WITH the long weekend fast approaching, bushwalkers and adventurers heading to the Blue Mountains are urged to be prepared.
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Each year around 130 bushwalkers get lost and/or require rescuing, most walkers are found within 24 hours, but occasionally a weekend adventure can turn to tragedy.
Between 2004 and 2007 nearly 400 people were reported missing in the Blue Mountains and surrounding area, which led to 200 search and rescue operations.
A bush safety initiative between the NSW Police Force and the National Parks and Wildlife Service aims to provide bushwalkers and adventurers in the Blue Mountains with a free loaned Personal Locator Beacon (PLB).
Blue Mountains Police District took to its social media page to encourage the use of a PLB.
"The PLB units are part of the new digital system which sends more information when an emergency beacon is activated," police said.
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"This offers the advantage of precise location information from the inbuilt GPS as well a unique identifying number so rescue authorities can send the appropriate resources more quickly."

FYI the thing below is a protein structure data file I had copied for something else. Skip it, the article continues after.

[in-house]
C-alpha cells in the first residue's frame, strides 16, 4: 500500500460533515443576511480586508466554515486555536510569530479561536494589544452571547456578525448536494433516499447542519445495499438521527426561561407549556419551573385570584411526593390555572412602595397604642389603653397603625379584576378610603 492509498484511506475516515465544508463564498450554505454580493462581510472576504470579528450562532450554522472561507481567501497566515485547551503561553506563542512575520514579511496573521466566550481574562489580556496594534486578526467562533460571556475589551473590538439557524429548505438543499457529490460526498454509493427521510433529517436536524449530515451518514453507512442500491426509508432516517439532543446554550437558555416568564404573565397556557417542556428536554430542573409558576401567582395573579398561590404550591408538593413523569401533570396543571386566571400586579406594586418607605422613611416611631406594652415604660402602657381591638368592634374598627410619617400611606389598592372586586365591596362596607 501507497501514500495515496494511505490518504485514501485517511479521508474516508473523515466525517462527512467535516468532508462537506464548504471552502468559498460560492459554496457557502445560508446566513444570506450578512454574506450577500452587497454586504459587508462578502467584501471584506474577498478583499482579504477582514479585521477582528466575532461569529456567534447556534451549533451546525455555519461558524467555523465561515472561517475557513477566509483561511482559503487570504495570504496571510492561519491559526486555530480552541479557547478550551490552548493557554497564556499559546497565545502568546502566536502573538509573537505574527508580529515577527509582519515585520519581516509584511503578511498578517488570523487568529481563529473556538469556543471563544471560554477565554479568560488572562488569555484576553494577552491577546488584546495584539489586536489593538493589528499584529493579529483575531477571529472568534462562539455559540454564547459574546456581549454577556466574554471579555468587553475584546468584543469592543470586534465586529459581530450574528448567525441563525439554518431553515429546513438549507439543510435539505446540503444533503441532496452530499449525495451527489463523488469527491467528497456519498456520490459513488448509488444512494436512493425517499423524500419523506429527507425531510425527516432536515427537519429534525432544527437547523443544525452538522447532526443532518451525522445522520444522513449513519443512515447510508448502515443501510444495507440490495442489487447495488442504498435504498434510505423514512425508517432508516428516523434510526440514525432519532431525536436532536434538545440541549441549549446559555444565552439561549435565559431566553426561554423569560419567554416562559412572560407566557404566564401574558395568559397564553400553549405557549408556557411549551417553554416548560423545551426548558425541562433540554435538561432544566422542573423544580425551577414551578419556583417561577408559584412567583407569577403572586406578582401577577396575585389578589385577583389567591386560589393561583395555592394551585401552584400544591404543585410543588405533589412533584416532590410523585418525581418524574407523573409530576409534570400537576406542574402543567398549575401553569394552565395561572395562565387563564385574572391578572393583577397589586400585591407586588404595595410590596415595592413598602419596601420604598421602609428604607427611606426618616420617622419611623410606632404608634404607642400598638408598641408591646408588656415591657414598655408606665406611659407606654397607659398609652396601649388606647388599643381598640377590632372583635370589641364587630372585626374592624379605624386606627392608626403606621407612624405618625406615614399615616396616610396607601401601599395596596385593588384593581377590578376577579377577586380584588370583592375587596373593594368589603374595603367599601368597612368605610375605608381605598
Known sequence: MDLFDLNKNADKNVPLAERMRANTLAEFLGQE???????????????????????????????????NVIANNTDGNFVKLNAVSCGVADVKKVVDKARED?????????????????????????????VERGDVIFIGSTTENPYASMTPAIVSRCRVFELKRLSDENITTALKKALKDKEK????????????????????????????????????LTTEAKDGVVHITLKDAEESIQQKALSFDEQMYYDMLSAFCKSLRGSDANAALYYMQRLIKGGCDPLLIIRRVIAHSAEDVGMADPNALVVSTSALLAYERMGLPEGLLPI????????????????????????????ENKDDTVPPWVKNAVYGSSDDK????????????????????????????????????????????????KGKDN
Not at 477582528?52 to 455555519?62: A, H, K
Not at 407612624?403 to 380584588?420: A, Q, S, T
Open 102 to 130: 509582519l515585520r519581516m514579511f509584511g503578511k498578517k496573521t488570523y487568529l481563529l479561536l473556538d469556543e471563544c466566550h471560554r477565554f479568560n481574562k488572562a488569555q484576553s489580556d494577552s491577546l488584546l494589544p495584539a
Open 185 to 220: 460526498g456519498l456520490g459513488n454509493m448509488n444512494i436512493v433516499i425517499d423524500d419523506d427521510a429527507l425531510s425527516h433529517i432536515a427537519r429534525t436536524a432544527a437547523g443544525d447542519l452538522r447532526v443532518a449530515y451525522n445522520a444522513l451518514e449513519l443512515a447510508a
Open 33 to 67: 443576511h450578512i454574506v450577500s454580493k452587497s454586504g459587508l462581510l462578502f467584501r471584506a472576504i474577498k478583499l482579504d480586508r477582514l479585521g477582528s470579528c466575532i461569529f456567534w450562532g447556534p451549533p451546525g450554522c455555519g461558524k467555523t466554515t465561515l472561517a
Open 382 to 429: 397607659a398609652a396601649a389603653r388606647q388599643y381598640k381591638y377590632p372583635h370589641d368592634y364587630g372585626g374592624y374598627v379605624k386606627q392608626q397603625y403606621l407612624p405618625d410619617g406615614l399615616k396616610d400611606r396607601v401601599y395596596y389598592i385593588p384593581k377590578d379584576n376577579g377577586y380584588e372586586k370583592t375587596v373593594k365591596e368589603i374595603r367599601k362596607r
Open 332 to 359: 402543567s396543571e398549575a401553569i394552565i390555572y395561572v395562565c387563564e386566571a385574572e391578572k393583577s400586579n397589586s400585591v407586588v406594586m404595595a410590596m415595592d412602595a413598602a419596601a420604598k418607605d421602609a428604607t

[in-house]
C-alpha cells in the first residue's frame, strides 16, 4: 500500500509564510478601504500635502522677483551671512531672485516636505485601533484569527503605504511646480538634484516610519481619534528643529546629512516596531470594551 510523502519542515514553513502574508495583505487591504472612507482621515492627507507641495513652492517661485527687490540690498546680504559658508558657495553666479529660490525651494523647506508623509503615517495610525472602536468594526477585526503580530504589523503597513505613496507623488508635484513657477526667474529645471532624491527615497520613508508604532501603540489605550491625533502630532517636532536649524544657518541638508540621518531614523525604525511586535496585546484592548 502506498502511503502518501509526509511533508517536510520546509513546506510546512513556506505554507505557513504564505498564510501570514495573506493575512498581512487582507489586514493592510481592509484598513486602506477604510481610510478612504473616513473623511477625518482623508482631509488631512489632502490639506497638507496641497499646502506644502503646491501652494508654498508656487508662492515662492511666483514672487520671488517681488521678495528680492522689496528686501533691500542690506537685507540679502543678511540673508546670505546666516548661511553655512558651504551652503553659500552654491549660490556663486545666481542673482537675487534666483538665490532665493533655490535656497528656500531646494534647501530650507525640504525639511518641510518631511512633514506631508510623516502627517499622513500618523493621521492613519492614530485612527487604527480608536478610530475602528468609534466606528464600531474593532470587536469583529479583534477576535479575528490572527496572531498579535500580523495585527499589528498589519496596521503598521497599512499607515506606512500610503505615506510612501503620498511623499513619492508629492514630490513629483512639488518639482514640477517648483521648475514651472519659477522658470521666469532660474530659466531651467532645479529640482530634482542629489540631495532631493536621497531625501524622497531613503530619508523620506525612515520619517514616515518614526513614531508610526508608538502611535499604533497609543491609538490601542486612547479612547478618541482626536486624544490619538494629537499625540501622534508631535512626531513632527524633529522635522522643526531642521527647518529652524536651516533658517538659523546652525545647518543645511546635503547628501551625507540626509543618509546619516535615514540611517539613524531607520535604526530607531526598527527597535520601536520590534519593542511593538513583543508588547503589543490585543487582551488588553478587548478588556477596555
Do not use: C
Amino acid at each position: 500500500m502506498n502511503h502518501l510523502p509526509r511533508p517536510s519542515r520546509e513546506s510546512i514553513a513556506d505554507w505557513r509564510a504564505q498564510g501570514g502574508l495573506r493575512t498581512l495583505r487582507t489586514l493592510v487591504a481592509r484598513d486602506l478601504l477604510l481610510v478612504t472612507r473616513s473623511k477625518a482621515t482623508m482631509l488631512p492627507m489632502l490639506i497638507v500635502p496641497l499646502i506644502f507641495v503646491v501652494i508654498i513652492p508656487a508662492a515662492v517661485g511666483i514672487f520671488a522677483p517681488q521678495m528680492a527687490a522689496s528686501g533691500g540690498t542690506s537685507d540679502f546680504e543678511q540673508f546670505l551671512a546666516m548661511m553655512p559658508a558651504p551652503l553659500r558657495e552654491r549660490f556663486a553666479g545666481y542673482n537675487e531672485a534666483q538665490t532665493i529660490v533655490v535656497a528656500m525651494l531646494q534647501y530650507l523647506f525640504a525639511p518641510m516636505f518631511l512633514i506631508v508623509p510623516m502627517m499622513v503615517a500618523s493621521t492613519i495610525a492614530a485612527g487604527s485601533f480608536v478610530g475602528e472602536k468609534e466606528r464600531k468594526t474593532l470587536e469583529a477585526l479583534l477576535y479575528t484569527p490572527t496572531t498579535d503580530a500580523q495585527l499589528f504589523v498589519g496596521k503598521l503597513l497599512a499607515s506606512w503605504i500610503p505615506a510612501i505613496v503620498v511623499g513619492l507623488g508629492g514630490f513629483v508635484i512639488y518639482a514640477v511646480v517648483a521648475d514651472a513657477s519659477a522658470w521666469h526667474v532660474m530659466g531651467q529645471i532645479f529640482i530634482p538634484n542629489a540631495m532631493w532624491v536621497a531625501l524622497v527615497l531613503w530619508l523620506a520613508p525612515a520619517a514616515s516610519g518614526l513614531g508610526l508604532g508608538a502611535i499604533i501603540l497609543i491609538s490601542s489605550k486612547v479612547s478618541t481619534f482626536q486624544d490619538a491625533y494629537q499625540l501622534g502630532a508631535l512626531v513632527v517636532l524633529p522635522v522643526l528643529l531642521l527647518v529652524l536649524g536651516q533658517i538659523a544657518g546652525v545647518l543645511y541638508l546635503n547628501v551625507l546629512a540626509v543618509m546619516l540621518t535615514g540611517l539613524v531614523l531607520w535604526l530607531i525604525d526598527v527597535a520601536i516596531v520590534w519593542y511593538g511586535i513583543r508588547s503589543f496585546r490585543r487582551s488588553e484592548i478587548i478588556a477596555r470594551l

The Blue Mountains National Park covers more than a quarter of a million hectares and has 250 kilometres of walking tracks, much of the park is remote and difficult to access except via foot.
Police said planning ahead using the TREK acronym can help people keen to go bushwalking.
PLBs are available on loan from the NPWS Blue Mountains Heritage Centre at Blackheath, and after hours at the Katoomba or Springwood police stations.
Kosciusko National Park also hires out PLBs to bushwalkers for a small fee - contact the Tumut, Khancoban and Jindabyne NPWS offices for more information.
Personal satellite tracking devices or PLB's (Personal Location Beacons) are for emergency situations only.
Contact the park office or local visitor centre to ask about local conditions, tracks, creek or river water levels and fire danger. National parks offices and visitor centres throughout the Blue Mountains have experienced staff who have a wide knowledge of the local area.
Leave full details of your planned walk with a relative or a responsible person, include details about where you will be going, who is with you, what equipment you have, and when you expect to return. NSW National Parks and NSW Police are trialling an online trip intention form.
Allow plenty of time to finish the activity in daylight, and pack extra food and water in case of unexpected delays.
Weather can sometimes change quickly so walkers should be prepared for heat, rain and cold. Check the Bureau of Meteorology website for the latest weather forecast.
At the very least, we advise that you carry:
If possible try to have at least four people in your group. If there is an emergency, two can go for help, while the other stays with the injured or ill person.
Make sure there's at least one experienced person in the group who can guide and assist others.
Make sure your activity is something which all participants in your group are able to do.
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